Case 13


A 62-year-old gentleman is admitted for a chest infection. He has a past history of nasopharyngeal carcinoma and pulmonary tuberculosis. A chest computed tomography scan is performed. An incidental finding of a cystic pancreatic dilatation is noted. He denies any abdominal pain, weight loss or change in bowel habit.

Physical examination

Afebrile, pulse 80 bpm, BP 115/78mmHg, SaO2 96% on RA.

Hydration is satisfactory.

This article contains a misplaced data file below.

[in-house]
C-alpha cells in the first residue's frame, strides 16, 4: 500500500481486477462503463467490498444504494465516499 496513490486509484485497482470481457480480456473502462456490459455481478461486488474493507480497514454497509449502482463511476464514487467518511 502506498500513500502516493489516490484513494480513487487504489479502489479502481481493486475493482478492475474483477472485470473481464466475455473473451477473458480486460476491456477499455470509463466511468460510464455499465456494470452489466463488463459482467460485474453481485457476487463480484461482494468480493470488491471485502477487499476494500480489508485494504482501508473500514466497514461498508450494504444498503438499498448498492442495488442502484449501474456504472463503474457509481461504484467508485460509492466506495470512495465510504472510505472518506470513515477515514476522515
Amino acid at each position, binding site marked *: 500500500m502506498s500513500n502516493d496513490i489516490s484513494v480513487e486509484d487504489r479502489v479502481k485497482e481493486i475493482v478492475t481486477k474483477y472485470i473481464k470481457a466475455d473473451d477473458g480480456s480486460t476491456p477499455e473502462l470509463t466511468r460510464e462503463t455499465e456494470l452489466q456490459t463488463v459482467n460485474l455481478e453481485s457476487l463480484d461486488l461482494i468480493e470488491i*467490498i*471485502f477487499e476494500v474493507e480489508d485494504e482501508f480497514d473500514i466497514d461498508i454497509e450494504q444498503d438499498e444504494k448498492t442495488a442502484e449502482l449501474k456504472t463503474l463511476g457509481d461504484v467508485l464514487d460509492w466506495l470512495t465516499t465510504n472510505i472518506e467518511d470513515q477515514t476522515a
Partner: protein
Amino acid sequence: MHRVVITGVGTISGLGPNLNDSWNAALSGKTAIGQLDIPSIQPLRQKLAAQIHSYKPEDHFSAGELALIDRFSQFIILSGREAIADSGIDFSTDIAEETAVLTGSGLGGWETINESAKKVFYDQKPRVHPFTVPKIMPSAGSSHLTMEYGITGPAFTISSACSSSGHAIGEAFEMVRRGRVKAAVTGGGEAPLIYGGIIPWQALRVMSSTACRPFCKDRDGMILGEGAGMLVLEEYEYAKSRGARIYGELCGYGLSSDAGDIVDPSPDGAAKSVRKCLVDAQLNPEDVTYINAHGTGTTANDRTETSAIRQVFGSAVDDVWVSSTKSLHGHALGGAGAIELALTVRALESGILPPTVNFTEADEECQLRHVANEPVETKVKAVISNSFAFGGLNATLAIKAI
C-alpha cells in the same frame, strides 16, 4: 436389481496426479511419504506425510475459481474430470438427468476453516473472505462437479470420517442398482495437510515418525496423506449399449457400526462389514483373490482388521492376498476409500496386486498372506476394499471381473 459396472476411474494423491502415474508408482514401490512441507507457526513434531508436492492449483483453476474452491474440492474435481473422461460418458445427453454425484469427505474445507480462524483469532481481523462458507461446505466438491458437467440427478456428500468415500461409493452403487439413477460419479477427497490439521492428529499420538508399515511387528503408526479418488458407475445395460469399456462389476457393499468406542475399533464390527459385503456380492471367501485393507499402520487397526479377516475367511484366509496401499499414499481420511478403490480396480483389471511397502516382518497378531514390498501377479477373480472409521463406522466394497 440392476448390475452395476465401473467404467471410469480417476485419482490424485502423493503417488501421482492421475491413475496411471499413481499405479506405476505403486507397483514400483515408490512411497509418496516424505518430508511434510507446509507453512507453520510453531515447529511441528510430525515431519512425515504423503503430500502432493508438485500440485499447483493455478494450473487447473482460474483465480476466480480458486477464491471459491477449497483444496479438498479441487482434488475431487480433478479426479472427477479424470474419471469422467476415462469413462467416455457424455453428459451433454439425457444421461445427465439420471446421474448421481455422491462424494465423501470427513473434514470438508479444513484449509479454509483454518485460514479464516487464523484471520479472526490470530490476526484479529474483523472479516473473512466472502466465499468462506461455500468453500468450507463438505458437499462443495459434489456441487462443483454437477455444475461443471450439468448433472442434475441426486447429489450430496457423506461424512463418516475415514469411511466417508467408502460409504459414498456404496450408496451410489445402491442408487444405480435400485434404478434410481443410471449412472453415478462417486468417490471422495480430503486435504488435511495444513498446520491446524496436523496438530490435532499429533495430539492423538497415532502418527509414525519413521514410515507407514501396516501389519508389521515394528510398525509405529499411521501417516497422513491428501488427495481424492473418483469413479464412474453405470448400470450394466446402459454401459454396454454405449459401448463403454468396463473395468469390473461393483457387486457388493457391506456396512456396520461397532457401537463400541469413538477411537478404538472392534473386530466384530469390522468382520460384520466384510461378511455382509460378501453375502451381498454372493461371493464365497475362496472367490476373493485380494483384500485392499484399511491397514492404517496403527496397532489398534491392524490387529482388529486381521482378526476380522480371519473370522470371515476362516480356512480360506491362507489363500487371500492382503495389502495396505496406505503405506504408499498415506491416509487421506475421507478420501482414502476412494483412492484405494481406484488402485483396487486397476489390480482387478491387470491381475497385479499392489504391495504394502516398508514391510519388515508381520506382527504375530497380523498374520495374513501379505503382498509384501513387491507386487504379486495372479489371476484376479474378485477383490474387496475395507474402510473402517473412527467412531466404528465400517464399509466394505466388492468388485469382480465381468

Examination of the hands reveals no clubbing and normal-appearing palmar creases.

Head and neck examination is unremarkable.

Cardiovascular: HS dual, no murmur.

His chest is clear on auscultation.

Abdominal examination reveals a soft, non-tender abdomen, with no definite mass palpable.

No signs of oedema.



WBC 5.8 x 109/L;

haemoglobin 11.8g/dL;

platelets 283 x 109/L.

ALP 138 IU/L.

ALT 16 IU/L.

Bilirubin 4μmol/L.

Amylase 81 IU/L.

CA 19.9 is 457 kIU/L (reference range is <18).

What would you do next?

A formal CT of the abdomen and pelvis with contrast (Figure 13.1).

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Oct 23, 2019 | Posted by in GASTROENTEROLOGY | Comments Off on 13

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